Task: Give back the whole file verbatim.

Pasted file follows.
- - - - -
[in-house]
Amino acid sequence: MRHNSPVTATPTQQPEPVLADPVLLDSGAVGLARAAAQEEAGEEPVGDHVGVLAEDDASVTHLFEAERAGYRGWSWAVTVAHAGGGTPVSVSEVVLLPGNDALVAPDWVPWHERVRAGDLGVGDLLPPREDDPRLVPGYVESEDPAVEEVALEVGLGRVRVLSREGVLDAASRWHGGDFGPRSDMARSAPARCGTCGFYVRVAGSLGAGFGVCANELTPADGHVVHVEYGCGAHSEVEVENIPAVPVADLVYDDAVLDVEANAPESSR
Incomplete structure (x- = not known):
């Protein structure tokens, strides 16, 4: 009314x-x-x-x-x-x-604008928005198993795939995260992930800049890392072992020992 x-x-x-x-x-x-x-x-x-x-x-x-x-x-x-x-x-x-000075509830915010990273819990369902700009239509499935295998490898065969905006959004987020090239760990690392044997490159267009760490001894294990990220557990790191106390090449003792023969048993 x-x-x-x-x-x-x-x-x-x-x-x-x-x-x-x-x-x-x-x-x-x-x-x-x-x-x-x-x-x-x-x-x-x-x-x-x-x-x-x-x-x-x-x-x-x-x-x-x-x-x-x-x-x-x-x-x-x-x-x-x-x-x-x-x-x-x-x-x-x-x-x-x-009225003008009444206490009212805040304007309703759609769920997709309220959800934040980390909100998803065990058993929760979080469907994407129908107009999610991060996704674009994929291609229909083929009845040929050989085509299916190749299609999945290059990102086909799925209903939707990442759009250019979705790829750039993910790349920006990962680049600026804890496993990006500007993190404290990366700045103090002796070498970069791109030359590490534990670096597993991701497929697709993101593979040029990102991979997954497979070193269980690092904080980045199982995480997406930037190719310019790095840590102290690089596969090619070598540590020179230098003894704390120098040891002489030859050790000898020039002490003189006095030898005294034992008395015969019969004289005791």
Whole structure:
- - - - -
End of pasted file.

[in-house]
Amino acid sequence: MRHNSPVTATPTQQPEPVLADPVLLDSGAVGLARAAAQEEAGEEPVGDHVGVLAEDDASVTHLFEAERAGYRGWSWAVTVAHAGGGTPVSVSEVVLLPGNDALVAPDWVPWHERVRAGDLGVGDLLPPREDDPRLVPGYVESEDPAVEEVALEVGLGRVRVLSREGVLDAASRWHGGDFGPRSDMARSAPARCGTCGFYVRVAGSLGAGFGVCANELTPADGHVVHVEYGCGAHSEVEVENIPAVPVADLVYDDAVLDVEANAPESSR
Incomplete structure (x- = not known):
């Protein structure tokens, strides 16, 4: 009314x-x-x-x-x-x-604008928005198993795939995260992930800049890392072992020992 x-x-x-x-x-x-x-x-x-x-x-x-x-x-x-x-x-x-000075509830915010990273819990369902700009239509499935295998490898065969905006959004987020090239760990690392044997490159267009760490001894294990990220557990790191106390090449003792023969048993 x-x-x-x-x-x-x-x-x-x-x-x-x-x-x-x-x-x-x-x-x-x-x-x-x-x-x-x-x-x-x-x-x-x-x-x-x-x-x-x-x-x-x-x-x-x-x-x-x-x-x-x-x-x-x-x-x-x-x-x-x-x-x-x-x-x-x-x-x-x-x-x-x-009225003008009444206490009212805040304007309703759609769920997709309220959800934040980390909100998803065990058993929760979080469907994407129908107009999610991060996704674009994929291609229909083929009845040929050989085509299916190749299609999945290059990102086909799925209903939707990442759009250019979705790829750039993910790349920006990962680049600026804890496993990006500007993190404290990366700045103090002796070498970069791109030359590490534990670096597993991701497929697709993101593979040029990102991979997954497979070193269980690092904080980045199982995480997406930037190719310019790095840590102290690089596969090619070598540590020179230098003894704390120098040891002489030859050790000898020039002490003189006095030898005294034992008395015969019969004289005791």
Whole structure: